- Despite sounding slightly negative, I did enjoy this episode, which confidently resolves the cliffhangers from last season’s final and the premiere. Our heroes are in a pretty dire position now that Renard is free and firmly back in power, which is a great situation for all kinds of conflict. So long as the writers don’t lock Adalind back in Bonaparte’s mansion or anything, we’re good to go.
- Speculation corner: The symbols with the cloth look pretty astrological to me. Knowing Grimm, though, they could just as easily be related to the conflict between the Wesen world and the human world, which has been an ongoing thread throughout the series. Maybe the Stick and the cloth are the keys to a peaceful co-existence between the species? Nah…that’s dumb.
- Also dumb? The terrible green screen FX whenever anyone is driving. I get that producing CGI for TV is expensive, but a ride along probably shouldn’t look like an old Alfred Hitchcock movie.
- One development I’m seriously unhappy about is Trubel (Jacqueline Toboni) being called away again. With Meisner gone, the HW stuff is more of a cypher now than anything. Too often it feels like discarding Toboni for a few episodes is the series’ way of conserving its budget. All I’ll say is that this had better not be the last we see of the back-up Grimm before the series finale.
- While Monroe (Silas Weir Mitchell)’s discomfort over babysitting Diana (Hannah R. Lloyd) is amusing (Mitchell can sell comedy like nobody’s business), it is a little ridiculous how frightened he is. Come on, man, the telekinesis is awesome! He and Rosalee (Bree Turner) should totally just use Diana’s magic to repair the damage to the Spice Shop!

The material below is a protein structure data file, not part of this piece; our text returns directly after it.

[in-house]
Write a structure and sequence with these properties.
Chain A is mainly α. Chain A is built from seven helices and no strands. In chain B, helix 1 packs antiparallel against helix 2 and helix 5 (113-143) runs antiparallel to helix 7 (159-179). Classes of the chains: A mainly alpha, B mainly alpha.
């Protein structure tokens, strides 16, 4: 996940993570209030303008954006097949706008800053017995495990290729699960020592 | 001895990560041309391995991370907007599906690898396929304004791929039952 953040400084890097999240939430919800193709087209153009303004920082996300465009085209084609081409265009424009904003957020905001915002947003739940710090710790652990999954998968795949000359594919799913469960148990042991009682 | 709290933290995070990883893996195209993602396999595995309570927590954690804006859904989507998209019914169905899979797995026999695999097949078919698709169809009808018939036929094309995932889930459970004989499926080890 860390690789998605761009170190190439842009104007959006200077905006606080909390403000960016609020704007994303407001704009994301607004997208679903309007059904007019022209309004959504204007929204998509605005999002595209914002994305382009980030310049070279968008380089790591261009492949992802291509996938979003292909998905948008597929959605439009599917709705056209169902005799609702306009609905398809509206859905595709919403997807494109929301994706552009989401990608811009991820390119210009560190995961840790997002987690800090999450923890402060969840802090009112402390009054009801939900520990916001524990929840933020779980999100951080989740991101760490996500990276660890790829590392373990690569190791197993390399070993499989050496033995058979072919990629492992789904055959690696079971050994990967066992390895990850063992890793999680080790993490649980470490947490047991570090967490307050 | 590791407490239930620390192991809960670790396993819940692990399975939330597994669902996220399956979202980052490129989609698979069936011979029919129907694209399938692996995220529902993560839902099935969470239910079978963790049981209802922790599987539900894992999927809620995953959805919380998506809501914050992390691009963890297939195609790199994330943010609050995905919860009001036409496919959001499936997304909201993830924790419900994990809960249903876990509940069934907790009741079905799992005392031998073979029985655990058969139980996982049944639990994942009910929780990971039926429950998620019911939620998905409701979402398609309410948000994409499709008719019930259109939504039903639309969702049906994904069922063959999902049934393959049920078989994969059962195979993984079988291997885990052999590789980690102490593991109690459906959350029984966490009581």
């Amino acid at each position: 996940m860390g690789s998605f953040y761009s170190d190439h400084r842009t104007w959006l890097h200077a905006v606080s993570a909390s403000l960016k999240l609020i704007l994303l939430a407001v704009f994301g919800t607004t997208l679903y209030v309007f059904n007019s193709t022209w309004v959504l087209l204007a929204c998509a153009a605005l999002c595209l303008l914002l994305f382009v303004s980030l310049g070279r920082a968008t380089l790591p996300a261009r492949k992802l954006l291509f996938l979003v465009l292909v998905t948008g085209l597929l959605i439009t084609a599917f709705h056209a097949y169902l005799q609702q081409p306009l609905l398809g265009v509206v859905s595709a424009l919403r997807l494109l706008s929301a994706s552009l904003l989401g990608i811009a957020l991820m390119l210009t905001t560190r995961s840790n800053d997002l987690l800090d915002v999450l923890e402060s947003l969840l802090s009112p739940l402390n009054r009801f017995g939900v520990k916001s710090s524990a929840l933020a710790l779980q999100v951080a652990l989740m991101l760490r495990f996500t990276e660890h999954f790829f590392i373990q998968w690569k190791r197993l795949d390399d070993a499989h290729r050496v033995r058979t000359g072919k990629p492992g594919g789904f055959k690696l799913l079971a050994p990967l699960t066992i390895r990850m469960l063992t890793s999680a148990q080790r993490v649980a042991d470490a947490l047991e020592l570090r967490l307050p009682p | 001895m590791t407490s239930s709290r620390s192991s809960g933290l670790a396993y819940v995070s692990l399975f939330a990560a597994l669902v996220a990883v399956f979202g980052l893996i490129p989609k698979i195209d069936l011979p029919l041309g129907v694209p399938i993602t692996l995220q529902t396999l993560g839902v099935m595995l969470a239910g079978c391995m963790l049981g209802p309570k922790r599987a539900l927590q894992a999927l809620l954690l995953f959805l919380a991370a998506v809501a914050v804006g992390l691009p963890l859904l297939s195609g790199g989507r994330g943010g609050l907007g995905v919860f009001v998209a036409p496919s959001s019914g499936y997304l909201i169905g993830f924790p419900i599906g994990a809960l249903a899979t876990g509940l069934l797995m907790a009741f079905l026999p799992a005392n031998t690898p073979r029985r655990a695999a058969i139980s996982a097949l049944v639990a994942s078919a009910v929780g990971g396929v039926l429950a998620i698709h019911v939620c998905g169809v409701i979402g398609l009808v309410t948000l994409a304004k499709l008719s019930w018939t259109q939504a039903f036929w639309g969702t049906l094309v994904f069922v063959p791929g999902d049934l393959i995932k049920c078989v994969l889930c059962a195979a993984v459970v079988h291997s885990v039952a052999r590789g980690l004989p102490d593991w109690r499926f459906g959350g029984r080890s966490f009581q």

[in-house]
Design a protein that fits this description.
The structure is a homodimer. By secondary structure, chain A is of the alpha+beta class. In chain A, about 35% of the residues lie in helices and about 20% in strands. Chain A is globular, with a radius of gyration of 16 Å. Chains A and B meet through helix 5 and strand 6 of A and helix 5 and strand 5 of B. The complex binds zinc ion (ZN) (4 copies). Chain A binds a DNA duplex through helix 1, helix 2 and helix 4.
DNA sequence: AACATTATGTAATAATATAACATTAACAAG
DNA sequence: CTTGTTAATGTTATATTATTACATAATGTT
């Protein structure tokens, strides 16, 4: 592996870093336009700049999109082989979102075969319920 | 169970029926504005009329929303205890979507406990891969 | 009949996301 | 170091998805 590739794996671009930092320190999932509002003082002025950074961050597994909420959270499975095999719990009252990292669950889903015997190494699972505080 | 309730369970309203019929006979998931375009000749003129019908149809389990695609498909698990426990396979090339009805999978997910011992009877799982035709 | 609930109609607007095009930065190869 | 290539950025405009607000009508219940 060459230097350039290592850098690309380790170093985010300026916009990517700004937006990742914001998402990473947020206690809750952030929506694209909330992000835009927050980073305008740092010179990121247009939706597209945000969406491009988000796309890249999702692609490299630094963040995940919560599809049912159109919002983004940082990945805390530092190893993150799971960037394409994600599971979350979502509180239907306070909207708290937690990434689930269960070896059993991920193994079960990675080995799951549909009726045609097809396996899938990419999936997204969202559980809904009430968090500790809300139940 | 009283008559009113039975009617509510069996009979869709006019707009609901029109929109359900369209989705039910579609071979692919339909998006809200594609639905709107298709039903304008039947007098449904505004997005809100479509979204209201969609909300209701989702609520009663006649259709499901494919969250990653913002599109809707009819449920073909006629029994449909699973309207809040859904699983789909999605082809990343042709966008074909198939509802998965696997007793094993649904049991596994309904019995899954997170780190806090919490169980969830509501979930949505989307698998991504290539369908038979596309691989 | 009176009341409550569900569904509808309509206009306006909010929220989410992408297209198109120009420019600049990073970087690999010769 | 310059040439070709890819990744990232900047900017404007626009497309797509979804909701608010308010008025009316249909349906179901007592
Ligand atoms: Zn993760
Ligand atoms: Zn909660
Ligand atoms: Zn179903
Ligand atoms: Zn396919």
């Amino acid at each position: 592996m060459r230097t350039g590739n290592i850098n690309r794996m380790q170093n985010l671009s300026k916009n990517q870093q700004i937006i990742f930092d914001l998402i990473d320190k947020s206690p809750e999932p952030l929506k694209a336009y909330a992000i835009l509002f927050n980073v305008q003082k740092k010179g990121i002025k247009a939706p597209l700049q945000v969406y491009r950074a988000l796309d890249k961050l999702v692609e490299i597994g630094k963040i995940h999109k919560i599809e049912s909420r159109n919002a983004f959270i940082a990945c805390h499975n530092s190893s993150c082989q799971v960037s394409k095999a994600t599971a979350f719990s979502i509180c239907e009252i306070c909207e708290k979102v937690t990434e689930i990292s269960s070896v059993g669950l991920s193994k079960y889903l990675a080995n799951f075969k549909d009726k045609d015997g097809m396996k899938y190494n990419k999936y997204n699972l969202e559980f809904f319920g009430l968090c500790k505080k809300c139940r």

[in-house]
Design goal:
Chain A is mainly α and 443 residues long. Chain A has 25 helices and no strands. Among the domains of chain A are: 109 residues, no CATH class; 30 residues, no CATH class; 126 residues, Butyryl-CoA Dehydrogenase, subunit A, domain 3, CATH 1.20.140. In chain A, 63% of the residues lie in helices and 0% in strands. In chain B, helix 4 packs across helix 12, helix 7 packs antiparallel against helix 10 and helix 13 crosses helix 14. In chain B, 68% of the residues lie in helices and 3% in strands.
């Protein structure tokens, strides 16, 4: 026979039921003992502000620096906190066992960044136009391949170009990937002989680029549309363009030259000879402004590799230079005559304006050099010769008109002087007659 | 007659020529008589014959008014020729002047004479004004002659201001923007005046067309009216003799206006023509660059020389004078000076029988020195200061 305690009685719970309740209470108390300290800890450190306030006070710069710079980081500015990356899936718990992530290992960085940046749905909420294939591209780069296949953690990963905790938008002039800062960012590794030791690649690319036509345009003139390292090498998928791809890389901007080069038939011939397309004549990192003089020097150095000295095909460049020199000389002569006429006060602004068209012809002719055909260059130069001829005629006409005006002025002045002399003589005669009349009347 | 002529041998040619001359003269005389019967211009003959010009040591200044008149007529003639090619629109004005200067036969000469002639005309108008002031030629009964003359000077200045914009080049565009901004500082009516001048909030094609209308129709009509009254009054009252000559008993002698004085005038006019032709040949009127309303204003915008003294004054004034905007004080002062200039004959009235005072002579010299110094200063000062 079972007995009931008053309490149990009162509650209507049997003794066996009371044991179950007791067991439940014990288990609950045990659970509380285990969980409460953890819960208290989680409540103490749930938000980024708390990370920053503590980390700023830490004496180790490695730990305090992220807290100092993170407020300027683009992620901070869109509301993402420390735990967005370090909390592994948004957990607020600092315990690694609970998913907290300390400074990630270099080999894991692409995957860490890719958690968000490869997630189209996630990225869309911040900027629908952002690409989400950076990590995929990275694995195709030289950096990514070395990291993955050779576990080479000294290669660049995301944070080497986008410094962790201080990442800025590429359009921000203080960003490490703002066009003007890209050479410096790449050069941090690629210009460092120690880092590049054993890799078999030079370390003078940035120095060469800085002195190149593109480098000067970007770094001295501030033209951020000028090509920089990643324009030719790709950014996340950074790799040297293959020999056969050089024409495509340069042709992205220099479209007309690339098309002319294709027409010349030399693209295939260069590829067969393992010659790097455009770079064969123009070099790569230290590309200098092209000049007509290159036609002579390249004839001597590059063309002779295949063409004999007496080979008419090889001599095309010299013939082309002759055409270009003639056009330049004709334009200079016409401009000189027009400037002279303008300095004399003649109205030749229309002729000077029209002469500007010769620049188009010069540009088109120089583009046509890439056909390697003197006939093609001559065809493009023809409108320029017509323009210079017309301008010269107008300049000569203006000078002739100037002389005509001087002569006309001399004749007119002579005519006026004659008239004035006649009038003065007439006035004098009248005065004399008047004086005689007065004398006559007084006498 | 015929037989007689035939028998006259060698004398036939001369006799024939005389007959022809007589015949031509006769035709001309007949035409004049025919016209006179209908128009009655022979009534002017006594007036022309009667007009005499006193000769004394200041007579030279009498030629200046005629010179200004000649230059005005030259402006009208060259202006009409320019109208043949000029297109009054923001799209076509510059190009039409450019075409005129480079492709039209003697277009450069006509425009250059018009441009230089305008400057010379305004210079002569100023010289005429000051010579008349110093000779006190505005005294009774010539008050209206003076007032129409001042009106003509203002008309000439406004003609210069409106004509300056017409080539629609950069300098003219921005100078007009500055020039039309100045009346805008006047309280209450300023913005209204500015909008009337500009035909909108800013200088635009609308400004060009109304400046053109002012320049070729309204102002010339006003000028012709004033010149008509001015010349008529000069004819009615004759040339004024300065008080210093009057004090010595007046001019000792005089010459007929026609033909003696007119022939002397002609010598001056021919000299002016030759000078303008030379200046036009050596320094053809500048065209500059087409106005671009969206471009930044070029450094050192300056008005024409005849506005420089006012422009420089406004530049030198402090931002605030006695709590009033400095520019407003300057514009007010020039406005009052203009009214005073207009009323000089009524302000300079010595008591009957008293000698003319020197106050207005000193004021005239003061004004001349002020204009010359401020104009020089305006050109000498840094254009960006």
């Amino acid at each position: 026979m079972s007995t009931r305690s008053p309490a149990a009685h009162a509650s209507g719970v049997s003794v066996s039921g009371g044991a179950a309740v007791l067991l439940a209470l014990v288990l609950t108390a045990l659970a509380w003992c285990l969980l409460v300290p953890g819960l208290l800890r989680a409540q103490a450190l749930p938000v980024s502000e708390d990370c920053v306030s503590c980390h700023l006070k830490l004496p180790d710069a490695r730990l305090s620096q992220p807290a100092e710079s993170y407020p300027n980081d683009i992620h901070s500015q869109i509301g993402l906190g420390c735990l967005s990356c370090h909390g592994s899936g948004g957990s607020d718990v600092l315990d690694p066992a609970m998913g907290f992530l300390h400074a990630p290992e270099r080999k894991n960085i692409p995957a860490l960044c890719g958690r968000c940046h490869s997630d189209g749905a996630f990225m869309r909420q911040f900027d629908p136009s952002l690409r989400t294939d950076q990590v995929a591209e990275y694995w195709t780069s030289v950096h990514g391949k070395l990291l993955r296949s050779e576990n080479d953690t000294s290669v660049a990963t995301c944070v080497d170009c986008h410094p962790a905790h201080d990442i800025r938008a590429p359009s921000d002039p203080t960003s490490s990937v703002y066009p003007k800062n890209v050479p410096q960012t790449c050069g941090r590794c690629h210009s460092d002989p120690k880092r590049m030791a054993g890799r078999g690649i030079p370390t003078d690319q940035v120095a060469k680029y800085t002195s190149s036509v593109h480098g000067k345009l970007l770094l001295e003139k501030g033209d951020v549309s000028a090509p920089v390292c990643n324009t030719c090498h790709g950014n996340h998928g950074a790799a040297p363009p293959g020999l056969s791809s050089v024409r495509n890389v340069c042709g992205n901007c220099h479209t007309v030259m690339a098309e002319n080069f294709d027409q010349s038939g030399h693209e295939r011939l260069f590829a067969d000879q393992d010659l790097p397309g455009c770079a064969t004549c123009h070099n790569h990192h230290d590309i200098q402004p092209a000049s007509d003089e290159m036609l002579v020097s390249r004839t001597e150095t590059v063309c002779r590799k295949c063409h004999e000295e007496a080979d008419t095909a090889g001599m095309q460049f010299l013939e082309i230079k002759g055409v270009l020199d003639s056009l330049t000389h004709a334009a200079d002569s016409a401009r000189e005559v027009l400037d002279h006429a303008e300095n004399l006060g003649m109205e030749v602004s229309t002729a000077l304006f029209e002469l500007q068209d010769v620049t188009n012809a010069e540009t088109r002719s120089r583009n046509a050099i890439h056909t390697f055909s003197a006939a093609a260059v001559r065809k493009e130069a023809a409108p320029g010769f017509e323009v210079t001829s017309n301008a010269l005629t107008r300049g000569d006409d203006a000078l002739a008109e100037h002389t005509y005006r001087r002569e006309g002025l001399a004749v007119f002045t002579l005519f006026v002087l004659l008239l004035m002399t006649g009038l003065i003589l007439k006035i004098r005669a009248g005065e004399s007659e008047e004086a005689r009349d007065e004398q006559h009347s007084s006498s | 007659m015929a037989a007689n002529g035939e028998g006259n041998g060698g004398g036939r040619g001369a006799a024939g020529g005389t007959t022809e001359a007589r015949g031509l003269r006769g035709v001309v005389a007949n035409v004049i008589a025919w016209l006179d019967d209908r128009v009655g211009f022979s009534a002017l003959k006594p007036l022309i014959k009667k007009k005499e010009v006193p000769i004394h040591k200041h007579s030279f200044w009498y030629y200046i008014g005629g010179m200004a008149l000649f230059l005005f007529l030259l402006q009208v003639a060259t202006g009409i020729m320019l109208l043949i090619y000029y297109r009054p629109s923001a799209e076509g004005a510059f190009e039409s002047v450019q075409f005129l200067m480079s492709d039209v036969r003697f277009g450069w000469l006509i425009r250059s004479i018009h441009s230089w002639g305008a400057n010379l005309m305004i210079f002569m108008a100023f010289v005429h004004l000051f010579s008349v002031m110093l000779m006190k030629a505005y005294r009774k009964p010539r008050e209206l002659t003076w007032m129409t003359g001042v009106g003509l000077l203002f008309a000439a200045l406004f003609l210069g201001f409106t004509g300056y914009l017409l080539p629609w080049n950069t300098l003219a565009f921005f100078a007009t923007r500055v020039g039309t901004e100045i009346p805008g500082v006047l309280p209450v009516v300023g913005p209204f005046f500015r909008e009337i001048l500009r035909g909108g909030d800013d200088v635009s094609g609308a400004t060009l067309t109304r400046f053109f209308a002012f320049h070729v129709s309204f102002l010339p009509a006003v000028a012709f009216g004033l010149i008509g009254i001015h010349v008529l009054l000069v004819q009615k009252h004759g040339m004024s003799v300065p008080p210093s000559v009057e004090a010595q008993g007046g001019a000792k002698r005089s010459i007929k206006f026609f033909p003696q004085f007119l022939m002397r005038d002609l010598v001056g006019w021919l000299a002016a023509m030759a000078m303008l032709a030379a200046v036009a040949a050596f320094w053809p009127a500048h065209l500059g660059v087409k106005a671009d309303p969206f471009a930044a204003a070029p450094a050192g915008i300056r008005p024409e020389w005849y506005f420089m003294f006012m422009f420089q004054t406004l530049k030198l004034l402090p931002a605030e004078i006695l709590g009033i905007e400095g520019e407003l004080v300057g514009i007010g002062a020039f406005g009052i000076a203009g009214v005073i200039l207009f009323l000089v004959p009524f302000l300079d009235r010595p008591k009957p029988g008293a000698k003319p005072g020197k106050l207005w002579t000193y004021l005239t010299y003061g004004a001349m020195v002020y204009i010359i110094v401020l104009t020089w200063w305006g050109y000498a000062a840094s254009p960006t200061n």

- Real talk: Baby Kelly is not cute. I’m sorry, he’s just not.
- Also: That painter/janitor did a sh*t job painting the wall in front of Renard’s cell. Never mind that he illegally passed off a cell phone to a prisoner, that guy should be fired for his failure to convincingly eliminate paint lines!
- Bud (when Monroe announces Rosalee is pregnant): “Right now?!”
- Rosalee (hearing the news of Renard’s arrest): “I’m not surprised that he murdered someone. I’m surprised that he got arrested.”
- Bud (when Nick suggests he’s going to take down Renard): “How are you going to do that? That guy is a dick!”
- Eviette (when Diana matter of factly states that she is different): “I am.”
- Nick (when Renard confesses that Adalind didn’t agree to act as his alibi): “She didn’t turn me down.” Double entendre much?
- Renard (when Adalind appears moments later): “You really get around, don’t you?”
- Hank (about Adalind): “When you’re that pretty, people want to believe you.” A weird number of slut shaming / physical appearance comments directed at Adalind tonight, no?
That’s it for me. What did you think of “Trust Me Knot”? Are you disappointed that Renard is still evil? Will Adalind end up sequestered back in the mansion? Are Hank and Wu really going to end up unemployed? Will Trubel be gone for long? And is Nick addicted to his Stick? Hit the comments with your thoughts and theories and we’ll chat again next week!